Tiktok’s Favourite “Stay-At-Home Daughter” Chloe Liem Opens Up About Style And Self-Expression

She’s really just a girl
Tiktok’s favourite “stay at home daughter” and our March 2024 GRAZIA Girl opens up about style and self-expression
ROTATE BIRGER CHRISTENSEN dress, available on Net-a-porter; KATE SPADE earring; Liem’s own bracelets, ring

A day in Chloe Liem’s dream life would go something like this: “I’d wake up. Get dressed in a cute outfit. I don’t think I would go out everyday. I think I would just stay at home. Play with my dogs, read a book. Hang out with my friends and talk over lunch,” she says. 

It’s not much to ask for. But then again, this GRAZIA Girl probably already has it all. Liem runs the Tiktok account @chloeabeth4545, where she lets over 300 thousand followers in on her fabulous life as a self-described “stay-at-home daughter” in Singapore. That includes running errands like, say, changing the cord of her Cartier Trinity bracelet. It also includes going on regular shopping trips to the luxury fashion and jewellery boutiques on Orchard Road, occasionally with her poodles, Lola and Matilda, in tow. 

In one Tiktok clip, Liem listed petite pooches, along with a rich father, as essentials to becoming a stay-at-home daughter. “Small dog breeds only,” she instructed. “It has to fit into a Birkin 35, so think: poodles, poms, or chihuahuas.” 

That absurd sense of humour, so common among Gen Zs, is one reason that people follow Liem on Tiktok. “I exaggerate the things that I say,” she explains. “Some people think I’m being literal. Some people find it funny, some people don’t.”  

Tiktok’s favourite “stay at home daughter” and our March 2024 GRAZIA Girl opens up about style and self-expression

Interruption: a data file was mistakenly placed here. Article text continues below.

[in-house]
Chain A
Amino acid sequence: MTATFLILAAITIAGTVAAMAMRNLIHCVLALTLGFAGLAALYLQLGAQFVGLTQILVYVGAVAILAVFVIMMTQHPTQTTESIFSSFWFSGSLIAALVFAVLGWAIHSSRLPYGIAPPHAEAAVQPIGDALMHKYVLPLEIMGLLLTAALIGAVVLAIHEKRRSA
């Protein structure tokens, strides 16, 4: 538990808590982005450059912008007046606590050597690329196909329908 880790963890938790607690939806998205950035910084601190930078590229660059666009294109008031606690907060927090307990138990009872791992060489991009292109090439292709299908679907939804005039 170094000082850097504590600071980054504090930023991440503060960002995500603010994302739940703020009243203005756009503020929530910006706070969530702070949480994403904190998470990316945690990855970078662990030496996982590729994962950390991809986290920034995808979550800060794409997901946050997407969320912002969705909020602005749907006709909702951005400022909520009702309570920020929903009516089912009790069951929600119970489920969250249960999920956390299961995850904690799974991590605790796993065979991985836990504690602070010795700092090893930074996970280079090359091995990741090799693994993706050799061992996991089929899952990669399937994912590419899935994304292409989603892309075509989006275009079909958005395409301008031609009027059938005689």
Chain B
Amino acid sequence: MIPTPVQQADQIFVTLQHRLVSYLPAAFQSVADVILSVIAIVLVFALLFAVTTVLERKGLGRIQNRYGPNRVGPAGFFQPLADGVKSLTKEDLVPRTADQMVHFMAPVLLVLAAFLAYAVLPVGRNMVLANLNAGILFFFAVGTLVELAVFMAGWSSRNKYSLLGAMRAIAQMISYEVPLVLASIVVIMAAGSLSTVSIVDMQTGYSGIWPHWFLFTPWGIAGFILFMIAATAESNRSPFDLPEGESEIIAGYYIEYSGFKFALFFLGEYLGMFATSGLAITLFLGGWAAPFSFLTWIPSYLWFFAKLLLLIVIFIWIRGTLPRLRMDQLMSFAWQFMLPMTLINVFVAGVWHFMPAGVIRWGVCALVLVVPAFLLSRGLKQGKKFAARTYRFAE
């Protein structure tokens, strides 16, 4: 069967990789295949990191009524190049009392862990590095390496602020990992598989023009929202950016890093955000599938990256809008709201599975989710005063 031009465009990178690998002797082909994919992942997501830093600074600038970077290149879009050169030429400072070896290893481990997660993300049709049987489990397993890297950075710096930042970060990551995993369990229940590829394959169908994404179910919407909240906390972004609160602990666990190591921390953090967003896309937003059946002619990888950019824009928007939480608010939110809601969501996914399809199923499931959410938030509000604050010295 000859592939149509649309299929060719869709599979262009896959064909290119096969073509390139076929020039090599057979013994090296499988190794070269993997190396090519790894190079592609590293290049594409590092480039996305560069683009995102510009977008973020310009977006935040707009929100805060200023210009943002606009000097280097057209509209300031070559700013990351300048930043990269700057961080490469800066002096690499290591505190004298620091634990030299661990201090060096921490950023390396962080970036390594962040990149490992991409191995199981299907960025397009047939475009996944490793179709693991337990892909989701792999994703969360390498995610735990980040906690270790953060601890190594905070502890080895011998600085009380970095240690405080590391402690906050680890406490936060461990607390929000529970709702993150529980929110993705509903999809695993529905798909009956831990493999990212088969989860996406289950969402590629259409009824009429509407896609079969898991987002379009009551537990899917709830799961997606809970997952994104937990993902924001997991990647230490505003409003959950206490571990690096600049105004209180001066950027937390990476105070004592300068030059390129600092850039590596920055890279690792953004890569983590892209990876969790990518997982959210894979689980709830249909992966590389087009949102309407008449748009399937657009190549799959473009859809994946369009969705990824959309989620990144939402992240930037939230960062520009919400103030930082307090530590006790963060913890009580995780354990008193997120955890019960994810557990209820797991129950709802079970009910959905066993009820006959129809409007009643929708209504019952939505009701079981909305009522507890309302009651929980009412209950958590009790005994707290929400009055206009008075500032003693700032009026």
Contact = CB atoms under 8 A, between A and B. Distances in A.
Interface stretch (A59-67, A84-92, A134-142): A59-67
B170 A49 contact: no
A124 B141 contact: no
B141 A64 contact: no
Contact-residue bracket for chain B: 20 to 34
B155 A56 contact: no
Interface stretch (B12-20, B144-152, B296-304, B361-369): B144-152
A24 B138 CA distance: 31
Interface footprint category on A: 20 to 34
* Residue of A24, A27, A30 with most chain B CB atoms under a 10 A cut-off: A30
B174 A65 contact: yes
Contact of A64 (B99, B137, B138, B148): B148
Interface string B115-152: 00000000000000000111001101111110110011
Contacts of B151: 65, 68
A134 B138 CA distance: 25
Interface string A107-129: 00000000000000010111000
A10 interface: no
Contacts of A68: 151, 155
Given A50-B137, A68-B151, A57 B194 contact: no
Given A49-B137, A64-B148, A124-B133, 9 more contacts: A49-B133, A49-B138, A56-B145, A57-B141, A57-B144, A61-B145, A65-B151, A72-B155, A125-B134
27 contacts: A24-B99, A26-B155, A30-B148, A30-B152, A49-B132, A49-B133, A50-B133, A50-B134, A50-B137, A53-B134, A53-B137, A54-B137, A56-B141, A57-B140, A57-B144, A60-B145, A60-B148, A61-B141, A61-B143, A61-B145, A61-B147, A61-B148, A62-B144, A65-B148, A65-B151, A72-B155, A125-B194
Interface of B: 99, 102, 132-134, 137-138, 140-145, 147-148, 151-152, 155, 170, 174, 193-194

FRAME bustier top; SOLACE LONDON trousers; DOLCE & GABBANA sunglasses, all available on Net-a-porter; Liem’s own bracelets, rings

Her lavish lifestyle is another reason. Although Liem started using Tiktok in January last year, her account only started getting attention around August, she says, when one of her videos documenting her day “blew up overnight”. Those videos continue to rack up the most views on her account, with numbers in the millions.

Clearly, Liem’s real life is how most people envision their dream life. And yet, the 20-year-old feels a need to romanticise her own reality—hence, those Tiktok videos. “Not everyday looks like that,” she clarifies about the content she shares on the social media platform. “It’s more like a highlight reel of my life.” 

What’s missing from that rosy picture? For starters, school. Liem is currently a third-year student at the National University of Singapore, where she studies business with a double specialisation in finance and marketing. While marketing is something that has always been interested in, she finds finance particularly challenging. “My dad was the one that made me do finance,” she says.  

Liem, who has lived in Singapore her whole life, had what some might call a typical Asian upbringing, with high expectations placed on her. “My parents have always pushed me [to do more],” she says. “I did tennis competitively, and piano intensively. And even if I was sad, or didn’t feel like practising, my parents would say, ‘Don’t complain, go do it.’”  

MAJE cardigan top, skirt, ballet flats, earring; Liem’s own bracelets, rings

Growing up, she didn’t have much say over her outfits, either. Mostly, she alternated between wearing her school uniform on weekdays, and her tennis uniform on the weekends. “When I graduated high school, I had no sense of personal style,” she shares.